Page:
And honestly, I just don’t get that. I know we’re all entitled to our own opinions, and I’m not calling the guy out or anything, but I really just don’t get it. I always assumed that writers wrote because we have that urge inside of us, that mmpfh that makes you stream words from your fingertips like water from a faucet. Why even write if you don’t have that passion inside of you? Why spend hours and days and weeks and months toiling over a white Word document or a blank notebook if you’re not putting your soul into it? Isn’t that what writing’s about? Isn’t that what art is about?
I write for the same reason that artists paint, musicians play, actors act. I write because if I didn’t, I would be incomplete, and I would be nothing more than a drone, waiting for myself to die. I write because I feel a need to craft stories that might hopefully touch people, in the same way movies like Schindler’s List does, or songs like Rod Stewart’s Sailing.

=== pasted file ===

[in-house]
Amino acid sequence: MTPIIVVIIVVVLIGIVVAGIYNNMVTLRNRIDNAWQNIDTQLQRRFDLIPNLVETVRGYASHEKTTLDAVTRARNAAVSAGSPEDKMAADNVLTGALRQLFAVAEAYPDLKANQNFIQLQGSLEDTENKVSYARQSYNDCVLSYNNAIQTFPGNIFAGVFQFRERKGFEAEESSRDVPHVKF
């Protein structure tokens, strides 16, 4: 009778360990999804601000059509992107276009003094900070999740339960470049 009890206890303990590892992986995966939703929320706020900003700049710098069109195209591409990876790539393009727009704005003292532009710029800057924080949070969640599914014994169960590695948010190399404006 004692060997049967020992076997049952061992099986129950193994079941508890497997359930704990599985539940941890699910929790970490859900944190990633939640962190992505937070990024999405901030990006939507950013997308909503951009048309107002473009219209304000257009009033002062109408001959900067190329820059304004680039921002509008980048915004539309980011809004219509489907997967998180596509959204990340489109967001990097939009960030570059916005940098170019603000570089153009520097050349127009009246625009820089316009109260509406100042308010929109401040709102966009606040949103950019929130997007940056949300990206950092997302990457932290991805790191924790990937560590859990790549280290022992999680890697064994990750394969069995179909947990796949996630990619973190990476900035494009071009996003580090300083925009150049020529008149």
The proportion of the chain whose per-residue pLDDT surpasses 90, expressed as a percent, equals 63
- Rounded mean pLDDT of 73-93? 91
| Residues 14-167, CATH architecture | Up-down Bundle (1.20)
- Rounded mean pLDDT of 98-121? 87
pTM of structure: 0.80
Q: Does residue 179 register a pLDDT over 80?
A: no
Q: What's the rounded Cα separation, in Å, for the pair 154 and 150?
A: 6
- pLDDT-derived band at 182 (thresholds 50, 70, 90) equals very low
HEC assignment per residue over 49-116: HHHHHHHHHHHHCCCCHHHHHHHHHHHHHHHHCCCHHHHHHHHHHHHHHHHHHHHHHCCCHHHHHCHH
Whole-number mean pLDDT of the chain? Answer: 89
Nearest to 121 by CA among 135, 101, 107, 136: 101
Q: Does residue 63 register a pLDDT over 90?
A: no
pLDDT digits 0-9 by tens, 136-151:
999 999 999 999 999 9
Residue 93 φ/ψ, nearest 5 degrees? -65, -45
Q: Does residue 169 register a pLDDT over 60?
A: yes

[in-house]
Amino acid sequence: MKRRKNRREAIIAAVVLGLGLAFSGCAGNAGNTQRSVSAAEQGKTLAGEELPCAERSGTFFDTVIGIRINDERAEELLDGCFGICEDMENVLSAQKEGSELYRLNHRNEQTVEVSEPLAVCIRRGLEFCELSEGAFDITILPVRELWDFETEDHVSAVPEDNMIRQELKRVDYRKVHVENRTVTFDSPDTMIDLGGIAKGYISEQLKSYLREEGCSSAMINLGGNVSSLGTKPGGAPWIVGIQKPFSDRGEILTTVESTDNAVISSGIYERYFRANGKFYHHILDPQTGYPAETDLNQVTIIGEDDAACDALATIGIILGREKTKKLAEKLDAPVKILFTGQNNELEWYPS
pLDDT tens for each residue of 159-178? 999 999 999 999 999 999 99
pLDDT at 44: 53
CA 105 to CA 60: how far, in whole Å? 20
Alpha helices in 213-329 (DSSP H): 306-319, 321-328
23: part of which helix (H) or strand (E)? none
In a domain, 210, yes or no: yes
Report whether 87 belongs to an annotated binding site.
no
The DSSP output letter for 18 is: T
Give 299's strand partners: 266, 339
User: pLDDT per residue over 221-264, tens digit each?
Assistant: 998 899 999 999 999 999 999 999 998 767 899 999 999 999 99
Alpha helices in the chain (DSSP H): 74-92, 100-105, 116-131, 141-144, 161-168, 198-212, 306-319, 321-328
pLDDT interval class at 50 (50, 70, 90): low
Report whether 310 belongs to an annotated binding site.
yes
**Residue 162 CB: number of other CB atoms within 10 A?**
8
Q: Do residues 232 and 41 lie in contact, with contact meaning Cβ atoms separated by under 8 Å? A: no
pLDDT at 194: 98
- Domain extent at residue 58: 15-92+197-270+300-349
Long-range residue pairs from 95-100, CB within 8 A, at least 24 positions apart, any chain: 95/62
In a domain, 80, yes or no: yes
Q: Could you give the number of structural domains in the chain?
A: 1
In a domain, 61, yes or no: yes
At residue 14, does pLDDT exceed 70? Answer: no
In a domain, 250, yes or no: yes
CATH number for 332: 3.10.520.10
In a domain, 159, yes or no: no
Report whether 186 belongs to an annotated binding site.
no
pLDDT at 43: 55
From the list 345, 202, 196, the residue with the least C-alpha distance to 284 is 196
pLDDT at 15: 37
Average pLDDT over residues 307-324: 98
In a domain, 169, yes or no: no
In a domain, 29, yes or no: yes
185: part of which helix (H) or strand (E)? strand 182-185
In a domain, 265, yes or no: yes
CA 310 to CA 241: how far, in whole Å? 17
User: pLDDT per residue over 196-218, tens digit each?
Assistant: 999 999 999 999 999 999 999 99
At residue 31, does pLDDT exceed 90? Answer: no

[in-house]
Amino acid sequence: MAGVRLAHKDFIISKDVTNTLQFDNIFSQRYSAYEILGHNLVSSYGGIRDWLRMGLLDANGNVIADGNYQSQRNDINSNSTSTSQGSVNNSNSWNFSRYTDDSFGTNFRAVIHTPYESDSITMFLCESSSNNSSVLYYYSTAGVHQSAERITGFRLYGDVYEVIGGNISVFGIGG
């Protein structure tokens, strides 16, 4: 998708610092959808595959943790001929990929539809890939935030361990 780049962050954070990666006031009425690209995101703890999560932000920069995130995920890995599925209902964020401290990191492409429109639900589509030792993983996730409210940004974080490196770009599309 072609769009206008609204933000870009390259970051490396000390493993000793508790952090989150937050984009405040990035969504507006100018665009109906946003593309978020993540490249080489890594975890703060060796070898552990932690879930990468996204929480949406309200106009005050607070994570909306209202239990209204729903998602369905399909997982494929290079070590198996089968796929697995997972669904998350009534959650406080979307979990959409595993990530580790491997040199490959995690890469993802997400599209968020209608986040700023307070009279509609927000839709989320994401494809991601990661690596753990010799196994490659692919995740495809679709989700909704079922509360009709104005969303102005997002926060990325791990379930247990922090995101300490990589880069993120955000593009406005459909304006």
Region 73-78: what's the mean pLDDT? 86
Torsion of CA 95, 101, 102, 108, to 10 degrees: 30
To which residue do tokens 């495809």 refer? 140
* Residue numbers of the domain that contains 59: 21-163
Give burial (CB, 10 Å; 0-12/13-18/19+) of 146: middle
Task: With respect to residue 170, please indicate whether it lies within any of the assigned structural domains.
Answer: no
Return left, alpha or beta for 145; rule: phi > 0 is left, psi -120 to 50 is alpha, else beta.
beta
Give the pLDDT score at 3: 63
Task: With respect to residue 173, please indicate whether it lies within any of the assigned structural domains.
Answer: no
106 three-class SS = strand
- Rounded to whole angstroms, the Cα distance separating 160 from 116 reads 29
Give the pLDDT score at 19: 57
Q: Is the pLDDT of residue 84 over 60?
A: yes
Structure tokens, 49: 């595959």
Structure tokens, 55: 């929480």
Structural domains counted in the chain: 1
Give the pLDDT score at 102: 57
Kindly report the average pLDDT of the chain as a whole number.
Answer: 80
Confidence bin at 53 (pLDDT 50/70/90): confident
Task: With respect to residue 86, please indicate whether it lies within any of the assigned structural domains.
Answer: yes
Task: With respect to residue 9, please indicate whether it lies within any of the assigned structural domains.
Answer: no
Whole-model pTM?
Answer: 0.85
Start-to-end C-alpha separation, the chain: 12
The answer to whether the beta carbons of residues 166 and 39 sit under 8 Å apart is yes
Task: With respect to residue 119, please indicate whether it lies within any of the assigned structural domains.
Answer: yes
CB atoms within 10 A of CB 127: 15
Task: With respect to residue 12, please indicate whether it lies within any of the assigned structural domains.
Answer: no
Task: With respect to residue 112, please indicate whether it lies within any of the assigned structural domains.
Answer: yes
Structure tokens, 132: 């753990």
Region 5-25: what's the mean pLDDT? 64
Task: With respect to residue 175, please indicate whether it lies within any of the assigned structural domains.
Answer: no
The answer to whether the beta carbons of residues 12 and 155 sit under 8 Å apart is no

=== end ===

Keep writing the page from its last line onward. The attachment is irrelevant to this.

I am sailing, I am sailing,
home again ‘cross the sea.
I am sailing, stormy waters,
to be near you, to be free.
I am flying, I am flying,
like a bird ‘cross the sky.
I am flying, passing high clouds,
to be with you, to be free.
Can you hear me, can you hear me
thro’ the dark night, far away,
I am dying, forever trying,
to be with you, who can say.
Can you hear me, can you hear me,
thro’ the dark night far away.
You don’t just put your fingers down to a keyboard and write something like that. You breathe life into it and make it alive as you are now, staring back at you with all its flaws and imperfections. What’s a story if you don’t put yourself in it? Anyone can write a tale about a fair knight who slayed the dragon and saved the princess, but no matter how elegant the writing is, if there’s no soul, then the book is nothing more than a hollow collection of pages bound between two harder pieces. And that wouldn’t be a very good book.